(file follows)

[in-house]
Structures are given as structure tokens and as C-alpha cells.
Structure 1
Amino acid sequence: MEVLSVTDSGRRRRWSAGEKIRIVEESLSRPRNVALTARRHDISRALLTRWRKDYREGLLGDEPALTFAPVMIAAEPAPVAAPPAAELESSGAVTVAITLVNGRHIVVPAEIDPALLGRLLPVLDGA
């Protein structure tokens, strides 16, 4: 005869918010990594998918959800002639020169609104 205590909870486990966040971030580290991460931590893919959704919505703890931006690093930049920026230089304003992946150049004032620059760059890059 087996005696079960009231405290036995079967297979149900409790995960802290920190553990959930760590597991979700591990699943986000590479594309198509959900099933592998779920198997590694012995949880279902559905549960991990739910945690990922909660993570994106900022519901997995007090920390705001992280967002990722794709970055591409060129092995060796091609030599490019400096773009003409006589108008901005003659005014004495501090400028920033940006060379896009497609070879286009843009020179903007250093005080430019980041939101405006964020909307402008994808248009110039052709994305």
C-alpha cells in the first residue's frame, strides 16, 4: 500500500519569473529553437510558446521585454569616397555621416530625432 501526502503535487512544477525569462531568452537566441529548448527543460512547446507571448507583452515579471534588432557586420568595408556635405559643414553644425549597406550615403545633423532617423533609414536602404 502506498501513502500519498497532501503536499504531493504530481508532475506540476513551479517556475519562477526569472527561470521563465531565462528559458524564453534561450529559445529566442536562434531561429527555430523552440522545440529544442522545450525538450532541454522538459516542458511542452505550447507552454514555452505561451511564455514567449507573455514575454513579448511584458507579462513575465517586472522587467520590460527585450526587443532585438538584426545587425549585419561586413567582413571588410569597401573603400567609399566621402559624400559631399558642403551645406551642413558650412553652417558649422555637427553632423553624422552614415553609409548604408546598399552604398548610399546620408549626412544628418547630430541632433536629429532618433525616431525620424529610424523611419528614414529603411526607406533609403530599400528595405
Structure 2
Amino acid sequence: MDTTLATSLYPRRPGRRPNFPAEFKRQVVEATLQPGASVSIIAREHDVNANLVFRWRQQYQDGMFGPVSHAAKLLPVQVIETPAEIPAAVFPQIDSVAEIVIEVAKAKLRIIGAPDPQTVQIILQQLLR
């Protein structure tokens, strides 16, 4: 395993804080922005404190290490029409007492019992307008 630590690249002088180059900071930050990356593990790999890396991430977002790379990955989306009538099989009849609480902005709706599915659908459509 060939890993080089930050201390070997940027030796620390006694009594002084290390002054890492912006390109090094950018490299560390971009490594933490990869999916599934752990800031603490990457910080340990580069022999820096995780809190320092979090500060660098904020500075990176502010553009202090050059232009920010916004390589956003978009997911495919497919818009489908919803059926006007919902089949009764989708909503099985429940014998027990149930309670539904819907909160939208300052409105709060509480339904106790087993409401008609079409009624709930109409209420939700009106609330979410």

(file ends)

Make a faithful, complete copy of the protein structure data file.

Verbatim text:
[in-house]
Structures are given as structure tokens and as C-alpha cells.
Structure 1
Amino acid sequence: MEVLSVTDSGRRRRWSAGEKIRIVEESLSRPRNVALTARRHDISRALLTRWRKDYREGLLGDEPALTFAPVMIAAEPAPVAAPPAAELESSGAVTVAITLVNGRHIVVPAEIDPALLGRLLPVLDGA
């Protein structure tokens, strides 16, 4: 005869918010990594998918959800002639020169609104 205590909870486990966040971030580290991460931590893919959704919505703890931006690093930049920026230089304003992946150049004032620059760059890059 087996005696079960009231405290036995079967297979149900409790995960802290920190553990959930760590597991979700591990699943986000590479594309198509959900099933592998779920198997590694012995949880279902559905549960991990739910945690990922909660993570994106900022519901997995007090920390705001992280967002990722794709970055591409060129092995060796091609030599490019400096773009003409006589108008901005003659005014004495501090400028920033940006060379896009497609070879286009843009020179903007250093005080430019980041939101405006964020909307402008994808248009110039052709994305």
C-alpha cells in the first residue's frame, strides 16, 4: 500500500519569473529553437510558446521585454569616397555621416530625432 501526502503535487512544477525569462531568452537566441529548448527543460512547446507571448507583452515579471534588432557586420568595408556635405559643414553644425549597406550615403545633423532617423533609414536602404 502506498501513502500519498497532501503536499504531493504530481508532475506540476513551479517556475519562477526569472527561470521563465531565462528559458524564453534561450529559445529566442536562434531561429527555430523552440522545440529544442522545450525538450532541454522538459516542458511542452505550447507552454514555452505561451511564455514567449507573455514575454513579448511584458507579462513575465517586472522587467520590460527585450526587443532585438538584426545587425549585419561586413567582413571588410569597401573603400567609399566621402559624400559631399558642403551645406551642413558650412553652417558649422555637427553632423553624422552614415553609409548604408546598399552604398548610399546620408549626412544628418547630430541632433536629429532618433525616431525620424529610424523611419528614414529603411526607406533609403530599400528595405
Structure 2
Amino acid sequence: MDTTLATSLYPRRPGRRPNFPAEFKRQVVEATLQPGASVSIIAREHDVNANLVFRWRQQYQDGMFGPVSHAAKLLPVQVIETPAEIPAAVFPQIDSVAEIVIEVAKAKLRIIGAPDPQTVQIILQQLLR
């Protein structure tokens, strides 16, 4: 395993804080922005404190290490029409007492019992307008 630590690249002088180059900071930050990356593990790999890396991430977002790379990955989306009538099989009849609480902005709706599915659908459509 060939890993080089930050201390070997940027030796620390006694009594002084290390002054890492912006390109090094950018490299560390971009490594933490990869999916599934752990800031603490990457910080340990580069022999820096995780809190320092979090500060660098904020500075990176502010553009202090050059232009920010916004390589956003978009997911495919497919818009489908919803059926006007919902089949009764989708909503099985429940014998027990149930309670539904819907909160939208300052409105709060509480339904106790087993409401008609079409009624709930109409209420939700009106609330979410």